5 May 2015
6 min read
There are two types of conspiracy – statutory and common-law. Common law conspiracy was abolished by the Criminal Law Act 1977, though even with the dawn of a the statutory regime for fraud offences under the Fraud Act 2006 we still see the Crown using the common-law offence of conspiracy to defraud and cheating the Revenue; these common law conspiracy offences were expressly preserved by the 1977 Act. The common law offence of conspiracy to defraud has been described in Parliament as “repellent” and the Law Commission has suggested the offence is far too wide; see now R v Evans, Cardiff Crown Court (18/2/14). However, in this article we will concentrate on what is by far and away the most common of conspiracy allegations; statutory conspiracy. Under section 1 of the Criminal Law Act 1977 it is an offence “if a person agrees with any other person or persons that a course of conduct shall be pursued which, if the agreement is carried out in accordance with their intentions…” results in the commission of an offence.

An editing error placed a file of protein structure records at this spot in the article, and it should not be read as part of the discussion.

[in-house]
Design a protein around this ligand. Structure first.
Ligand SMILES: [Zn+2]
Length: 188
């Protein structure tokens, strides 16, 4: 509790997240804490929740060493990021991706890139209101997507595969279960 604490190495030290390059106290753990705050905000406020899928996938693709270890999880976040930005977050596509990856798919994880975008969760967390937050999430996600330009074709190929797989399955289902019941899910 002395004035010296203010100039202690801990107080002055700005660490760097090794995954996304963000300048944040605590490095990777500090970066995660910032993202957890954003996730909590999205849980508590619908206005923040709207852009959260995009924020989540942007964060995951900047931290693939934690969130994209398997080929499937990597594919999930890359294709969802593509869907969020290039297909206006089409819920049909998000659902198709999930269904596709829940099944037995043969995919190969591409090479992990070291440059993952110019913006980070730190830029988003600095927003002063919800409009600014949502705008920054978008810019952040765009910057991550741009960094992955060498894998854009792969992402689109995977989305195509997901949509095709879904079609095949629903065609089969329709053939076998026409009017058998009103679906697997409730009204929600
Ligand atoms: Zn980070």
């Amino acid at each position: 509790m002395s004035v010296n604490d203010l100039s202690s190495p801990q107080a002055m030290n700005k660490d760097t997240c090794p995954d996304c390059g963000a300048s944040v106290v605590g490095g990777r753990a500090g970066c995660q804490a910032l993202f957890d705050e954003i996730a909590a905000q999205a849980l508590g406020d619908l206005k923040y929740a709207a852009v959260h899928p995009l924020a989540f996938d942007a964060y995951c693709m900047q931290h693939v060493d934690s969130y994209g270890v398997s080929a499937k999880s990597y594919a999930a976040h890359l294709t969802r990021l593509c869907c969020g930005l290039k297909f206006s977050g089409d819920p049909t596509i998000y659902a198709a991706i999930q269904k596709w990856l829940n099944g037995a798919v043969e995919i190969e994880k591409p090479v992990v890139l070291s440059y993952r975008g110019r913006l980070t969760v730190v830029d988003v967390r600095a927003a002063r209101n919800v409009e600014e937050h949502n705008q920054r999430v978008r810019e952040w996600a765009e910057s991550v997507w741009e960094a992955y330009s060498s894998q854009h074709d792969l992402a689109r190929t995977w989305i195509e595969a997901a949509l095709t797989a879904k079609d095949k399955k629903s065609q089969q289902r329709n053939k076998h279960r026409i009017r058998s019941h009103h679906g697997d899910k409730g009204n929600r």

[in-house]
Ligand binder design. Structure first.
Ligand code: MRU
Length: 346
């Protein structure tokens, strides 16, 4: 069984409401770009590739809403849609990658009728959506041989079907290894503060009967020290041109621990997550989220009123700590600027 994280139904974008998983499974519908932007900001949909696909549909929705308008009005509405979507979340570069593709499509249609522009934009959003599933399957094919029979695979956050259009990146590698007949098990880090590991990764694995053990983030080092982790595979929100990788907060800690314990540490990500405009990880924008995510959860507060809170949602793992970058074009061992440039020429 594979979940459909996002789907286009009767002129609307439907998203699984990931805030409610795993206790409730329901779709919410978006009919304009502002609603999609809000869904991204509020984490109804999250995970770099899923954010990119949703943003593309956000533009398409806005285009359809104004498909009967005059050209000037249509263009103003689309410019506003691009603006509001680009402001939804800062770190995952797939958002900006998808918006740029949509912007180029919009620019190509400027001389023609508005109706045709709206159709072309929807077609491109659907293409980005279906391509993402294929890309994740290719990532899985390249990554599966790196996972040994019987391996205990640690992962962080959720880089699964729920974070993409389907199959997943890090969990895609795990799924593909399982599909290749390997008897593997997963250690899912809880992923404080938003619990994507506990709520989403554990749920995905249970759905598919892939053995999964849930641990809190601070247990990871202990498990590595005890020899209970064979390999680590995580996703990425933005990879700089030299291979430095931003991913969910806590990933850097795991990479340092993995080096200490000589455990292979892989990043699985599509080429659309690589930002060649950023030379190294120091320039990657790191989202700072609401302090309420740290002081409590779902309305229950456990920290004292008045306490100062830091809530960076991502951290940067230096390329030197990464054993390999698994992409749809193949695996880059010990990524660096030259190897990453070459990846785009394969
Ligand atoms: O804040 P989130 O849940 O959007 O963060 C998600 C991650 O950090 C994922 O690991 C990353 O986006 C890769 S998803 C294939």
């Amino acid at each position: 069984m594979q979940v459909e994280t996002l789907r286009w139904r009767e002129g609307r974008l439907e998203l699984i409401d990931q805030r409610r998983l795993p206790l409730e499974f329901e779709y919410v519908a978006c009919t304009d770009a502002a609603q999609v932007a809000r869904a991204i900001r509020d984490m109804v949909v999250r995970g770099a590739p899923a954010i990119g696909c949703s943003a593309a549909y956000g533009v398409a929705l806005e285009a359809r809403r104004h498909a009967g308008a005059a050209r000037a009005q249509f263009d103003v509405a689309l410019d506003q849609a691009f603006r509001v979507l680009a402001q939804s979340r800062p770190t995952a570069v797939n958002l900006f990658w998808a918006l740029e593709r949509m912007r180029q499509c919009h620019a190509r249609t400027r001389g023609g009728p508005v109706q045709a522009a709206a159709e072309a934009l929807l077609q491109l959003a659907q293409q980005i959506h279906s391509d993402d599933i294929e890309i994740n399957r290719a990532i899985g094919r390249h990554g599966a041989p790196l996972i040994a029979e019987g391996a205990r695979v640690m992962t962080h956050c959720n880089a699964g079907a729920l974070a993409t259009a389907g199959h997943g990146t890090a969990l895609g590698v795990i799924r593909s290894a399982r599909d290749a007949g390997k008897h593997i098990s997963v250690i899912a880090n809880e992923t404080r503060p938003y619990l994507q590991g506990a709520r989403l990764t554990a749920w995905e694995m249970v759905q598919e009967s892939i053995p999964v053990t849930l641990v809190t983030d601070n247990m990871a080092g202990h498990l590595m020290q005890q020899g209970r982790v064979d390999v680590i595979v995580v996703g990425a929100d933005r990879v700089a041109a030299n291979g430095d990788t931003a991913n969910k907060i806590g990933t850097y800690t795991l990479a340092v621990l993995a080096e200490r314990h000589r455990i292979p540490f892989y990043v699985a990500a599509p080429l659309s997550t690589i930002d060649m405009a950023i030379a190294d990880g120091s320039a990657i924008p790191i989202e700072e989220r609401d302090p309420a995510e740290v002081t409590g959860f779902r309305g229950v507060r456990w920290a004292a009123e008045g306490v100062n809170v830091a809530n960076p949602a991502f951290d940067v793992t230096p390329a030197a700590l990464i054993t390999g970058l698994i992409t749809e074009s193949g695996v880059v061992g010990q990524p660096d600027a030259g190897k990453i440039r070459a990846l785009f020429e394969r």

This simply means that just as it is a criminal offence to rob or murder or steal, so it is a criminal offence for two or more persons to agree with one another to commit that offence. The essence of the offence of conspiracy is agreement.
Judges will remind juries that for the prosecution to prove an ‘agreement’ they do not have to produce a signed contract agreeing to commit an offence. Juries are invited to make common-sense inferences from the evidence – for example, a series of suspicious meetings, links to other co-defendants by telephone calls or taped conversations taken by a covertly placed bug or, more riskily for the police/HMRC/NCA, the use of an undercover officer in the alleged pre-offence discussions.
Often the facts in such allegations are agreed but the inferences that can be drawn from these facts are not agreed. This is what lawyers call a ‘confess and avoid’ case. In a confess and avoid case it can be tempting, as a defending lawyer, just to let the defendant do the explaining – i.e. the ‘avoiding’. That approach risks failing to see which parts of the evidence are the prosecution’s highlights and tackling them fully and properly in the preparation stage. Care and skill is required to identify these areas and consider how best to attack the prosecution’s case – e.g. cross-examining an officer about how many times he didn’t see the suspect, or establishing that a series of calls in isolation may look suspicious but against the background of the parties history is not so suspicious.